Beauty times 3 (Part 3)

JOdel at aol.com JOdel at aol.com
Fri Nov 19 12:52:36 EST 1999


Beauty x 3 (Part Three) Warning! SPOILERS

According to Lackey, the story goes as follows; 

Beauty is an only child. Her name is not Beauty, it is Rosalind, Rose for 
short. Her father was not a merchant, but a professor at the University of 
Chicago. Rose is a graduate student working towards her Ph.D. Her father lost 
his fortune some time ago and Rose had been making shift with their 
straightened circumstances for years. As the story opens, her father is has 
just died, his income ended with him and she is destitute. It is autumn, 1905.

The Beast is a magician. For this particular story, Lackey has adopted the 
interpretation of magick working in accordance with the four elements. In 
most people these elements are blended so that none predominates, but that 
when there is an imbalance, the individual possess a magickal nature and can 
learn mastery of his or her own predominating element. The Beast is a 
Fire-master. Out of hubris he has been attempting a magic which is not of his 
own element, and which has gone perilously wrong. He has trapped himself in a 
botched spell which has left him physically half man and half wolf. With paws 
he is unable to write, and his wolf’s eyes can no longer make out the 
cramped, handwritten text of his grimoires and other books of the arcane arts 
which he must study in order to try to find a method of reversing the spell. 
He has retired to his mansion on a private spur line south of San Francisco 
(in public life he is an obscenely wealthy railroad baron) dismissed his 
human servants and is currently served only by salamanders and his 
secretary/apprentice, a handsome but vicious young man who has proved to be 
too lazy and undisciplined to learn what is needed in order to further his 
magickal education. 

The Beast has had his salamanders searching for young women whose education 
would enable them to read his books to him and help him in his research. (He 
prefers a woman assistant since he believes that a woman would be less likely 
to prove a danger to him.) Of the handful which the salamaders located, 
Rose’s qualifications come closest to his needs. He sends a letter, by 
salamander, to her mentor asking him forassistance in finding a tutor for a 
pair of bogus children. The qualifications requested are of course Rose’s. 
The deal is sweetened by a promises of a very good salary, and occasional 
holidays into the city for cultural events. A railroad ticket is included. 
Rose, of course, cannot afford to refuse and sets off for San Francisco. 

As soon as possible after her arrival at the mansion, Rose is informed of the 
deceit. There are no children, her employer has been injured in an accident 
and is no longer able to do his own research, that is to be her job. Since he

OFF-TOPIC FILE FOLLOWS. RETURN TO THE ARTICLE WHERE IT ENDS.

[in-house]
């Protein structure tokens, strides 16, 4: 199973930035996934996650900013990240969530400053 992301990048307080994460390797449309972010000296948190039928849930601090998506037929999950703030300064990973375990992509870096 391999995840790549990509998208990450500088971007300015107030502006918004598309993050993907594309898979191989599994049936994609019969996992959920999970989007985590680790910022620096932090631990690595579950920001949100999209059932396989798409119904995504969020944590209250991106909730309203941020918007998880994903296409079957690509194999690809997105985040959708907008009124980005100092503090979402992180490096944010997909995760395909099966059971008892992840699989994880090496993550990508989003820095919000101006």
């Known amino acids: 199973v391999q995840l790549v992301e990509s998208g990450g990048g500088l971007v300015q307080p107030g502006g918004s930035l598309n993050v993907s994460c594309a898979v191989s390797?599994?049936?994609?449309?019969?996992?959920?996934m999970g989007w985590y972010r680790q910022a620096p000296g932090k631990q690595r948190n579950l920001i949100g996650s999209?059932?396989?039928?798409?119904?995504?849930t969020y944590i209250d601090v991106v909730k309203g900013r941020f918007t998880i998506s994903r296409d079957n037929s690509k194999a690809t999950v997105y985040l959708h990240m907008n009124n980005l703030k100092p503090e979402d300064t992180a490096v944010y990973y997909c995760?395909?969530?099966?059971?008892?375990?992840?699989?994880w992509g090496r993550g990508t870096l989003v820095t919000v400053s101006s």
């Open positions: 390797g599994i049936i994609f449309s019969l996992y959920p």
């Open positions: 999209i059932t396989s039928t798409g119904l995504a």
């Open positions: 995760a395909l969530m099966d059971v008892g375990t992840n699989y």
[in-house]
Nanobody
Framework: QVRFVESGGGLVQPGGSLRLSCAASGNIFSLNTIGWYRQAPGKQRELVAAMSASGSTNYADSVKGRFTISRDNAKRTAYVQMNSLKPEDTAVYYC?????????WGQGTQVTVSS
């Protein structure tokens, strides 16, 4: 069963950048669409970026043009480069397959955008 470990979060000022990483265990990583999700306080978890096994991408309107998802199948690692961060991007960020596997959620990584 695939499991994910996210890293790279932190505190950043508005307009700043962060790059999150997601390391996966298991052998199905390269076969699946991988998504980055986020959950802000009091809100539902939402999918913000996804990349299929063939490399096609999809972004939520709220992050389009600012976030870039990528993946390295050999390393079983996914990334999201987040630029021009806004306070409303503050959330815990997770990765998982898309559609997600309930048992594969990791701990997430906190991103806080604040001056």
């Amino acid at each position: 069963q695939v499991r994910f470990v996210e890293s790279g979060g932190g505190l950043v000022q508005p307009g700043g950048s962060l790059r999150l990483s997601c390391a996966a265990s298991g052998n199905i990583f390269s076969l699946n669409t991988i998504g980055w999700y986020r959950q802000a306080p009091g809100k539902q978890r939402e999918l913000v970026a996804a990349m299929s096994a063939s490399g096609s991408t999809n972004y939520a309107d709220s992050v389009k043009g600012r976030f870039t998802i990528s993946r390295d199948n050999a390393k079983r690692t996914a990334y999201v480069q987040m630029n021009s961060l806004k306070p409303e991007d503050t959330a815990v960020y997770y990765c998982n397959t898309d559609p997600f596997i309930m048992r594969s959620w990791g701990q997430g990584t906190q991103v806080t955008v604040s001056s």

is also disfigured, she will read him his materials through a speaking tube. 
They will not meet face to face -- oh, and she may find some of the things he 
asks her to read rather peculiar. Her salary and the other perks mentioned in 
his offer remain the same, and, in addition he will have the catalogues from 
the booksellers in the city conveyed to her so she may order whatever she may 
require for her own research. Rose who has few options, considers the changed 
agenda and agrees. 

Whereupon we all get to wallow in luxury while Rose becomes familiar with the 
manor, the library, the grounds and the work required of her. (Lackey is 
particularly good at wallowing in luxury, and will do so quite shamelessly 
given any good reason.)

During this period, Jason’s secretary/apprentice, one Paul DuMond, tries to 
insinuate to Rose that she is not safe here and should "trust" him to help 
her. She finds him repellent. Rose also makes the acquaintance of the other 
major living creature on the estate, Jason’s horse. This is a splendid 
copper-red stallion, the gift from another Firemaster, who is attended to by 
Jason’s salamanders, but otherwise has been left in isolation since Jason’s 
"accident". Since the horse will not tolerate DuMond near him, he has been 
left at liberty in a field without companions. He seems to like Rose, but 
since she does not ride she is of no help in exercising him and can only 
provide a bit of company. Meanwhile, the head salamander informs Jason that 
while Rose has some fire in her, her nature is mostly air. Or, in other 
words, that Rose also has a magickal nature and could be trained as a Master 
of Air. He suddenly has hopes that he might be able to train her to the 
degree that she can be an active help to him in the work of his restoration 
since he can no longer trust DuMond.( Who he sends off to the city on